The Grosvenor coal mine in Queensland can now emit six times more climate pollution than owner Anglo American estimated when it was approved and more than twice what was allowed under its previous arrangement with the federal government.
In March the Clean Energy Regulator increased Grosvenor’s safeguard mechanism baseline – the maximum pollution the metallurgical coal mine can emit before it must purchase carbon credits – from 1.4 million tonnes of CO2 equivalent a year to 3.3 million tonnes a year.
In terms of climate pollution, the increase is like putting 400,000 more cars on the roads.
The Australian Conservation Foundation said the Grosvenor example highlighted the weakness of the previous government’s settings for the safeguard mechanism, which was the Morrison government’s only policy lever to reduce emissions from Australia’s largest industrial polluters.
The Albanese government’s Climate Change and Energy Minister Chris Bowen is expected to make changes to the safeguard mechanism to make it an effective tool to cut emissions and help meet Labor’s target to reduce Australia’s emissions by 43% by 2030.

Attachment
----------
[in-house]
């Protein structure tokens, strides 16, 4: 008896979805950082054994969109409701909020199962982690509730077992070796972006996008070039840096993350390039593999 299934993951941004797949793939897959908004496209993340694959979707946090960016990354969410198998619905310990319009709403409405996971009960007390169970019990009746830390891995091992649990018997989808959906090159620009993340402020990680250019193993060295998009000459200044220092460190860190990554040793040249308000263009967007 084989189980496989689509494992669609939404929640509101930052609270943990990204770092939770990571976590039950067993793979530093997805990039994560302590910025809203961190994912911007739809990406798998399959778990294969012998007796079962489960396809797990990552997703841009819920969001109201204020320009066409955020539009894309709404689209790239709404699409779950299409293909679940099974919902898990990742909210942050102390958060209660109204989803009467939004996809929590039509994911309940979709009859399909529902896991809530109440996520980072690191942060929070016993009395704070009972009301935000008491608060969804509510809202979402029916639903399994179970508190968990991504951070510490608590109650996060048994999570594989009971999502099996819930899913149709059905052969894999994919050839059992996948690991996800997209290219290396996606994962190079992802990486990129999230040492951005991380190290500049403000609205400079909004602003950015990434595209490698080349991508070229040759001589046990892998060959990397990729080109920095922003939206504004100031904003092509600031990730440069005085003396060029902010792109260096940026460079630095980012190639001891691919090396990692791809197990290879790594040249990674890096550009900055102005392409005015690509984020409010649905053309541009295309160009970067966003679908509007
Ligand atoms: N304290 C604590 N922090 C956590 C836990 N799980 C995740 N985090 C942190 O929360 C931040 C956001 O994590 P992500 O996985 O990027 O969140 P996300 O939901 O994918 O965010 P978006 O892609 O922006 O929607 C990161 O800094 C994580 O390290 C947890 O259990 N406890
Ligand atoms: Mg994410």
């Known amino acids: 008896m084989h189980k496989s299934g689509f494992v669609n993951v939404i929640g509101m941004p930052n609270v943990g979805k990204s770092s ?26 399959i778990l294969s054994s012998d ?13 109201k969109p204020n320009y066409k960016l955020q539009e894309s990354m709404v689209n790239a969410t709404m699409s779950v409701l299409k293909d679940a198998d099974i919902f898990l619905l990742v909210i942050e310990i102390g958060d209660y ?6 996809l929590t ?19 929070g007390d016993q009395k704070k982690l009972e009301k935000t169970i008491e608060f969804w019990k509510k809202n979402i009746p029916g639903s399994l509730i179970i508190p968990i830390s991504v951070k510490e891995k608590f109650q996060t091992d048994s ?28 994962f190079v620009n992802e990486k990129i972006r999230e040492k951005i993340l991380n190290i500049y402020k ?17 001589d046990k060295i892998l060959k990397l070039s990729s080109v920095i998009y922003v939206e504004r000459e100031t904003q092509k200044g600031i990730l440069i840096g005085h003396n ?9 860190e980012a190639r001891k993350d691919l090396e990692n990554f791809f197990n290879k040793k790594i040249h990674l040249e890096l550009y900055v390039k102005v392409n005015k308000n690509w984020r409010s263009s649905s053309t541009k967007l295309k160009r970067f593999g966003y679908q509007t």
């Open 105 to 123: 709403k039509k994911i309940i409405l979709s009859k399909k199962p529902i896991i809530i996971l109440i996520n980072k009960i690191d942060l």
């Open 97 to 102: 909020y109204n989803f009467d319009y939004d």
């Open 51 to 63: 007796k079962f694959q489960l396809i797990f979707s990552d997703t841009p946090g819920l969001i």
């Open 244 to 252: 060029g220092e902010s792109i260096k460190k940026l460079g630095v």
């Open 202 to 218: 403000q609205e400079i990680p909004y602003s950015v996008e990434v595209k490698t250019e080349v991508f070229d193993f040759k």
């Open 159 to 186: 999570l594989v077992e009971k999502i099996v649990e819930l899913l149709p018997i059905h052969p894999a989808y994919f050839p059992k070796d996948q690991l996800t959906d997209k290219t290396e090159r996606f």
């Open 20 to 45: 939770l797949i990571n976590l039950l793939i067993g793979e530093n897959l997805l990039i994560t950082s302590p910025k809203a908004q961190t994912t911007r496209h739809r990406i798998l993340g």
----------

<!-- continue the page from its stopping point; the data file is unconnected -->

“Anglo American has been able to double its emissions allowance without facing any penalties,” said ACF’s climate change campaigner Suzanne Harter.
“Under the Coalition-era settings the safeguard mechanism was absolutely useless as a tool to cut climate pollution.
“ACF has documented numerous examples of companies being able to increase their pollution allowances under the safeguard mechanism with no consequences whatsoever.
“Research on the safeguard mechanism by ACF and Australian National University students this year revealed one in three fossil fuel projects emits more pollution than was estimated by the company when the project was approved.
“Some of the worst offenders emitted 20 times more than estimated.
“It will be important for Minister Bowen to move quickly to give teeth to the safeguard mechanism so Australia can get on top of the emissions problems we’ve got in the mining sector.”
Emissions blowouts rampant in Australia (24 February 2022)
Anglo American $10 million emissions blowout (21 December 2021)
BHP allowed to adjust its pollution limits after emissions blowout at mines (17 February 2020)